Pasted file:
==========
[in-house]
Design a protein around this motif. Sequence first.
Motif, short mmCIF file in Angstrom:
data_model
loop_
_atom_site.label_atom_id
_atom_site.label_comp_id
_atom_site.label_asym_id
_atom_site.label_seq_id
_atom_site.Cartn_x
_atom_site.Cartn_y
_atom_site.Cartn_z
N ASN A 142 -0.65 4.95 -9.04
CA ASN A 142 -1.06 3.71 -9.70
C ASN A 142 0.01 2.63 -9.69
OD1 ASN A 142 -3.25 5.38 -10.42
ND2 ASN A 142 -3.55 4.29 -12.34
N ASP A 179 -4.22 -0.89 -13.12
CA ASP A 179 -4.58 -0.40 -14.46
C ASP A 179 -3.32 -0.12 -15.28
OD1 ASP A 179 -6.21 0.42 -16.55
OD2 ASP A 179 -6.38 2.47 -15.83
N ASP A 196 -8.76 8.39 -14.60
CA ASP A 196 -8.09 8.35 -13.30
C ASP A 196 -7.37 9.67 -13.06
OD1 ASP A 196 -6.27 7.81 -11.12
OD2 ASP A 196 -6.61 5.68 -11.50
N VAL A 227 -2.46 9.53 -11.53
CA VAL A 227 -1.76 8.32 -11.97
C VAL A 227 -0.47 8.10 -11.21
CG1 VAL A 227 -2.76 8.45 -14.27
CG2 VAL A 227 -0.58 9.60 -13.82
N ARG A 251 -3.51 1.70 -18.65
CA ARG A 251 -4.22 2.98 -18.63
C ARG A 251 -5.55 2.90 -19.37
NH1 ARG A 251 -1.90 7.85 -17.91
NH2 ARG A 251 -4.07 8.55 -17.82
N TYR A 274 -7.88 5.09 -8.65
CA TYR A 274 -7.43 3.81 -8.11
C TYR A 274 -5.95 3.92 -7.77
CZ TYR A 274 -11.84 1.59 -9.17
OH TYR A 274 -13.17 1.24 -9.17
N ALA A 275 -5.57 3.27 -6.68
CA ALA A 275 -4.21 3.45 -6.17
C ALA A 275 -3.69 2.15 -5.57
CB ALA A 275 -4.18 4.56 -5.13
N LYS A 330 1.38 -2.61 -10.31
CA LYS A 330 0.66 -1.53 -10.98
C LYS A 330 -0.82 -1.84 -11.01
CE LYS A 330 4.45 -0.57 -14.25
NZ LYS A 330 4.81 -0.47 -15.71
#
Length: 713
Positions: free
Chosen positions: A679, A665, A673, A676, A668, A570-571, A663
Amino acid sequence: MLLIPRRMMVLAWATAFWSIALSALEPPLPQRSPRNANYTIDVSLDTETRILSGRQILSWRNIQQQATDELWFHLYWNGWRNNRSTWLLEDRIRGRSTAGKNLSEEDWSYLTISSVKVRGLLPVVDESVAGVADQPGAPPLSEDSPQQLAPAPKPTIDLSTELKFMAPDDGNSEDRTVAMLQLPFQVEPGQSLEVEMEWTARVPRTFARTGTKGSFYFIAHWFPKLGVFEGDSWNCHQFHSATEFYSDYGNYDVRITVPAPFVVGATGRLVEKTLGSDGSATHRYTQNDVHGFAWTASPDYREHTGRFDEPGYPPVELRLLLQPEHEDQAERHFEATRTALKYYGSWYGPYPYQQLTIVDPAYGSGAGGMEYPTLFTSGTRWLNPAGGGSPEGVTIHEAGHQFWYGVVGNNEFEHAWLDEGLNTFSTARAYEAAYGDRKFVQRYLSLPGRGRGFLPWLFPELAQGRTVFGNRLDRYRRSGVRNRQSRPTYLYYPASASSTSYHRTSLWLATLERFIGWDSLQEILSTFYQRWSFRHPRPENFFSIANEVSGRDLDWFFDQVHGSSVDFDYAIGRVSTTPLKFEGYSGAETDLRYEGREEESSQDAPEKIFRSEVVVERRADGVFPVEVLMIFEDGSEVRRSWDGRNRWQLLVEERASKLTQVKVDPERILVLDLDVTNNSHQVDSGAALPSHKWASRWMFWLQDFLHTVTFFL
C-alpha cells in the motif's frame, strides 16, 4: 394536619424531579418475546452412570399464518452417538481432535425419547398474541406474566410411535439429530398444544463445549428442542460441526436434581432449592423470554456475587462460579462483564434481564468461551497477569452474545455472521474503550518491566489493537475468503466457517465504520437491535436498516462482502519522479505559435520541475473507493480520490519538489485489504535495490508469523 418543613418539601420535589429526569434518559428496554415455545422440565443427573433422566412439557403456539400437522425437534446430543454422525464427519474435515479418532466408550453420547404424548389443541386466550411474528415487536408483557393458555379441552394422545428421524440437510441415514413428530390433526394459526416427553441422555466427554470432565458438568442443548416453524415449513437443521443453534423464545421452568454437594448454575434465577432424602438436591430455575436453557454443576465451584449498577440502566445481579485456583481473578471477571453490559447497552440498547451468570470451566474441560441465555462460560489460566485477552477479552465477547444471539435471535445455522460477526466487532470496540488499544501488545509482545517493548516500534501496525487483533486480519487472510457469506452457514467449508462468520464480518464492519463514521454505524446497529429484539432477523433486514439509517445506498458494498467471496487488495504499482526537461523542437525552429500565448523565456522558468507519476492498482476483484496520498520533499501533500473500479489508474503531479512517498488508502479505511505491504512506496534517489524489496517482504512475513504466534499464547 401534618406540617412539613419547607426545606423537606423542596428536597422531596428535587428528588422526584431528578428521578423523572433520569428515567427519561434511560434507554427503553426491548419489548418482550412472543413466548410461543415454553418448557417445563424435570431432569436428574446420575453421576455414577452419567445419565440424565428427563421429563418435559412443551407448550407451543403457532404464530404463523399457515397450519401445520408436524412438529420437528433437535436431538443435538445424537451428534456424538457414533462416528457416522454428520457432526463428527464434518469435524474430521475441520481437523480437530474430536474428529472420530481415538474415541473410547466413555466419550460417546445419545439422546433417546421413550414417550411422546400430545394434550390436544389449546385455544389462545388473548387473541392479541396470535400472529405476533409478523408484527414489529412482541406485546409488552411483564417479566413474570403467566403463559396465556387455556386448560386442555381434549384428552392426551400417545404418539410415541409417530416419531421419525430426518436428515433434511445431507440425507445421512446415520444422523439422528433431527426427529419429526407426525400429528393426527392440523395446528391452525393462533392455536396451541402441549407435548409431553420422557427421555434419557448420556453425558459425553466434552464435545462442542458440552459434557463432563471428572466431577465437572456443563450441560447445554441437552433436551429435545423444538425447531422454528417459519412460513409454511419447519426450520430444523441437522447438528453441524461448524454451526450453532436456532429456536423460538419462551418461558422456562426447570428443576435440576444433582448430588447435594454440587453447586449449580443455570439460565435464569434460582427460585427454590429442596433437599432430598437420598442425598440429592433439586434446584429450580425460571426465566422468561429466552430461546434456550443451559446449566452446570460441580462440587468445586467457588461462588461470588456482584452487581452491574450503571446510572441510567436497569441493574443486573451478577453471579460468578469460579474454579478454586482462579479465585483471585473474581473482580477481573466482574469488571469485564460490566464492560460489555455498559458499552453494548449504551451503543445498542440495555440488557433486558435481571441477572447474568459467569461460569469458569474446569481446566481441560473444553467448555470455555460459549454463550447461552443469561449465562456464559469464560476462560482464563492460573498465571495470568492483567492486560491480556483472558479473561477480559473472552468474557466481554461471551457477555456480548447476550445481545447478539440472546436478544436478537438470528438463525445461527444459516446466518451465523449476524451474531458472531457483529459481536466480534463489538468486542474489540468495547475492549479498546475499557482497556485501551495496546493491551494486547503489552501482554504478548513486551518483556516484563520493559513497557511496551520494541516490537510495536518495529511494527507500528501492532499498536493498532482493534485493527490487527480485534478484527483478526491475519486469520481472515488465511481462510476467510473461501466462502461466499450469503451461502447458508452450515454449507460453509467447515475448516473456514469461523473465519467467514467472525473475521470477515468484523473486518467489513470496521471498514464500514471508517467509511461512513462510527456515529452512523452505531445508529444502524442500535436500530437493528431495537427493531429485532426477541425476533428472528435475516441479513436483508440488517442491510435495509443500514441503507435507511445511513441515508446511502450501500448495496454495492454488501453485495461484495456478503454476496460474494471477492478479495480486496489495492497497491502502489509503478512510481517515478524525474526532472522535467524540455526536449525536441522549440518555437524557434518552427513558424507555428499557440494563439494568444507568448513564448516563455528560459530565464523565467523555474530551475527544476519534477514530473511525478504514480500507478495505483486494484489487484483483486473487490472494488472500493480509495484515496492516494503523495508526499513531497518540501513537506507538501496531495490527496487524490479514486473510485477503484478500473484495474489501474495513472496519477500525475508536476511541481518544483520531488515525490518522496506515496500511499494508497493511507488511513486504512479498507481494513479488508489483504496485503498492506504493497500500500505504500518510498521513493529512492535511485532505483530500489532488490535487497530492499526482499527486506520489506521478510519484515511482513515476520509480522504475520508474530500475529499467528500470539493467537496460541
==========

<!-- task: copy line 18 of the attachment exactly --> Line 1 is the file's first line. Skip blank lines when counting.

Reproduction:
N ASP A 179 -4.22 -0.89 -13.12